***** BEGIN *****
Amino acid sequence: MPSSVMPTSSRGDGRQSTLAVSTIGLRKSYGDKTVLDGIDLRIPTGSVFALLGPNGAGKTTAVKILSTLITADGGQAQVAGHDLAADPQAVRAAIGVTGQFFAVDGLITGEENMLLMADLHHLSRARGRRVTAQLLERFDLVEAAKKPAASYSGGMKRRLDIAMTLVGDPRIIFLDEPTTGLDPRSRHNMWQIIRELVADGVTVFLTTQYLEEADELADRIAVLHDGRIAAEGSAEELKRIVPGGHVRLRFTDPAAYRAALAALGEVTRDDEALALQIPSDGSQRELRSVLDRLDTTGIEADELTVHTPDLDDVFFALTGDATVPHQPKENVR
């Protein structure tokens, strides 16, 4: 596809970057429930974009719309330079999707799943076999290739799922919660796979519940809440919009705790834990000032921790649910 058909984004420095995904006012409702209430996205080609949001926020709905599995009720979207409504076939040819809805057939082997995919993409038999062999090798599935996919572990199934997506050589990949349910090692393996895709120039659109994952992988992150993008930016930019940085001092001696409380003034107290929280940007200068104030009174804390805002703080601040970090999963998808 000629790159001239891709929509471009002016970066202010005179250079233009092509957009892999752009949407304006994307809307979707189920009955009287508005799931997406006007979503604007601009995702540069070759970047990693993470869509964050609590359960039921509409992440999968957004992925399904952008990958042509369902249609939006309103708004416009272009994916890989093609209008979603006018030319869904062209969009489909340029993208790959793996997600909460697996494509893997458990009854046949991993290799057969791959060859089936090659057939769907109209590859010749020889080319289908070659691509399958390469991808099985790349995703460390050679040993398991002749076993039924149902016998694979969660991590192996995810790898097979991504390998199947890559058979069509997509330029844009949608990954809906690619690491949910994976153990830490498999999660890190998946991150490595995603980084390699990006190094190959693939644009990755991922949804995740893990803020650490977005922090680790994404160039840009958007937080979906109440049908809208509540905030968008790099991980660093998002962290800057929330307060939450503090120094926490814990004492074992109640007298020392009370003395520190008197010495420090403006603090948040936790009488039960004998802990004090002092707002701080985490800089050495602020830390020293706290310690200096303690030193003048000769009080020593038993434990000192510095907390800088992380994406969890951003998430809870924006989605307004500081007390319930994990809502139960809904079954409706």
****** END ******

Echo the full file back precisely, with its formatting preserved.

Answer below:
Amino acid sequence: MPSSVMPTSSRGDGRQSTLAVSTIGLRKSYGDKTVLDGIDLRIPTGSVFALLGPNGAGKTTAVKILSTLITADGGQAQVAGHDLAADPQAVRAAIGVTGQFFAVDGLITGEENMLLMADLHHLSRARGRRVTAQLLERFDLVEAAKKPAASYSGGMKRRLDIAMTLVGDPRIIFLDEPTTGLDPRSRHNMWQIIRELVADGVTVFLTTQYLEEADELADRIAVLHDGRIAAEGSAEELKRIVPGGHVRLRFTDPAAYRAALAALGEVTRDDEALALQIPSDGSQRELRSVLDRLDTTGIEADELTVHTPDLDDVFFALTGDATVPHQPKENVR
């Protein structure tokens, strides 16, 4: 596809970057429930974009719309330079999707799943076999290739799922919660796979519940809440919009705790834990000032921790649910 058909984004420095995904006012409702209430996205080609949001926020709905599995009720979207409504076939040819809805057939082997995919993409038999062999090798599935996919572990199934997506050589990949349910090692393996895709120039659109994952992988992150993008930016930019940085001092001696409380003034107290929280940007200068104030009174804390805002703080601040970090999963998808 000629790159001239891709929509471009002016970066202010005179250079233009092509957009892999752009949407304006994307809307979707189920009955009287508005799931997406006007979503604007601009995702540069070759970047990693993470869509964050609590359960039921509409992440999968957004992925399904952008990958042509369902249609939006309103708004416009272009994916890989093609209008979603006018030319869904062209969009489909340029993208790959793996997600909460697996494509893997458990009854046949991993290799057969791959060859089936090659057939769907109209590859010749020889080319289908070659691509399958390469991808099985790349995703460390050679040993398991002749076993039924149902016998694979969660991590192996995810790898097979991504390998199947890559058979069509997509330029844009949608990954809906690619690491949910994976153990830490498999999660890190998946991150490595995603980084390699990006190094190959693939644009990755991922949804995740893990803020650490977005922090680790994404160039840009958007937080979906109440049908809208509540905030968008790099991980660093998002962290800057929330307060939450503090120094926490814990004492074992109640007298020392009370003395520190008197010495420090403006603090948040936790009488039960004998802990004090002092707002701080985490800089050495602020830390020293706290310690200096303690030193003048000769009080020593038993434990000192510095907390800088992380994406969890951003998430809870924006989605307004500081007390319930994990809502139960809904079954409706």